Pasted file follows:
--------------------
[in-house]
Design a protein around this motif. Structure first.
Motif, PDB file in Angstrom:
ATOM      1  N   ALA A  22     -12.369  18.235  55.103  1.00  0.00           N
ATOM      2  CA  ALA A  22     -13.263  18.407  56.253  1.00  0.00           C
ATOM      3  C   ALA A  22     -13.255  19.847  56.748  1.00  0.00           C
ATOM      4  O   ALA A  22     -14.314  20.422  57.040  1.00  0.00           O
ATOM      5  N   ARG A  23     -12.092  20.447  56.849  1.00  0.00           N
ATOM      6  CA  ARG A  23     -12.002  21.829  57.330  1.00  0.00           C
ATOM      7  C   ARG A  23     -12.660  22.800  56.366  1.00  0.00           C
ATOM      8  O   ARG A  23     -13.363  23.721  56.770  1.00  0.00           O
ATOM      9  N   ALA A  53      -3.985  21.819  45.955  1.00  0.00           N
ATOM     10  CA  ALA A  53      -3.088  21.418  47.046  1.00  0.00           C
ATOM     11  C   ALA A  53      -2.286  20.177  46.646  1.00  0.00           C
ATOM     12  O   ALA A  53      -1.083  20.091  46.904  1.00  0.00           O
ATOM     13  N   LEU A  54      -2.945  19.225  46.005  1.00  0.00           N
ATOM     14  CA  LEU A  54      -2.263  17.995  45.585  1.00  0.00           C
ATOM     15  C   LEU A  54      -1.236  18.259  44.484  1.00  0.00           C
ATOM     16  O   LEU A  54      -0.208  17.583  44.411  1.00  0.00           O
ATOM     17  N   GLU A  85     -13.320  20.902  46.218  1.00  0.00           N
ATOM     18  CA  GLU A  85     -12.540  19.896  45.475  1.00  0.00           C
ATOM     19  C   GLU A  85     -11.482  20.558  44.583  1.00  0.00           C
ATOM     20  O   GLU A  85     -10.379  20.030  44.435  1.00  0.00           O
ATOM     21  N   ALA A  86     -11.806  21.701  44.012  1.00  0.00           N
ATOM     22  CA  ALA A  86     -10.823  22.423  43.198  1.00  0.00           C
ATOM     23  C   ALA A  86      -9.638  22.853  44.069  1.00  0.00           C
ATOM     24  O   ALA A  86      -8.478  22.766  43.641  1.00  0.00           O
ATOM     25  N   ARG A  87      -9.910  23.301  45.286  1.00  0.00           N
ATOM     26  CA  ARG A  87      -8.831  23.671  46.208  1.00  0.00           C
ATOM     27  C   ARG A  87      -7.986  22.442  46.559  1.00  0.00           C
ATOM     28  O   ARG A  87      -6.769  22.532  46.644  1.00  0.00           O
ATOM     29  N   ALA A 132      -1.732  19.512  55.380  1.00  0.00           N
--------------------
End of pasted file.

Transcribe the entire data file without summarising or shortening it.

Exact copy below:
[in-house]
Design a protein around this motif. Structure first.
Motif, PDB file in Angstrom:
ATOM      1  N   ALA A  22     -12.369  18.235  55.103  1.00  0.00           N
ATOM      2  CA  ALA A  22     -13.263  18.407  56.253  1.00  0.00           C
ATOM      3  C   ALA A  22     -13.255  19.847  56.748  1.00  0.00           C
ATOM      4  O   ALA A  22     -14.314  20.422  57.040  1.00  0.00           O
ATOM      5  N   ARG A  23     -12.092  20.447  56.849  1.00  0.00           N
ATOM      6  CA  ARG A  23     -12.002  21.829  57.330  1.00  0.00           C
ATOM      7  C   ARG A  23     -12.660  22.800  56.366  1.00  0.00           C
ATOM      8  O   ARG A  23     -13.363  23.721  56.770  1.00  0.00           O
ATOM      9  N   ALA A  53      -3.985  21.819  45.955  1.00  0.00           N
ATOM     10  CA  ALA A  53      -3.088  21.418  47.046  1.00  0.00           C
ATOM     11  C   ALA A  53      -2.286  20.177  46.646  1.00  0.00           C
ATOM     12  O   ALA A  53      -1.083  20.091  46.904  1.00  0.00           O
ATOM     13  N   LEU A  54      -2.945  19.225  46.005  1.00  0.00           N
ATOM     14  CA  LEU A  54      -2.263  17.995  45.585  1.00  0.00           C
ATOM     15  C   LEU A  54      -1.236  18.259  44.484  1.00  0.00           C
ATOM     16  O   LEU A  54      -0.208  17.583  44.411  1.00  0.00           O
ATOM     17  N   GLU A  85     -13.320  20.902  46.218  1.00  0.00           N
ATOM     18  CA  GLU A  85     -12.540  19.896  45.475  1.00  0.00           C
ATOM     19  C   GLU A  85     -11.482  20.558  44.583  1.00  0.00           C
ATOM     20  O   GLU A  85     -10.379  20.030  44.435  1.00  0.00           O
ATOM     21  N   ALA A  86     -11.806  21.701  44.012  1.00  0.00           N
ATOM     22  CA  ALA A  86     -10.823  22.423  43.198  1.00  0.00           C
ATOM     23  C   ALA A  86      -9.638  22.853  44.069  1.00  0.00           C
ATOM     24  O   ALA A  86      -8.478  22.766  43.641  1.00  0.00           O
ATOM     25  N   ARG A  87      -9.910  23.301  45.286  1.00  0.00           N
ATOM     26  CA  ARG A  87      -8.831  23.671  46.208  1.00  0.00           C
ATOM     27  C   ARG A  87      -7.986  22.442  46.559  1.00  0.00           C
ATOM     28  O   ARG A  87      -6.769  22.532  46.644  1.00  0.00           O
ATOM     29  N   ALA A 132      -1.732  19.512  55.380  1.00  0.00           N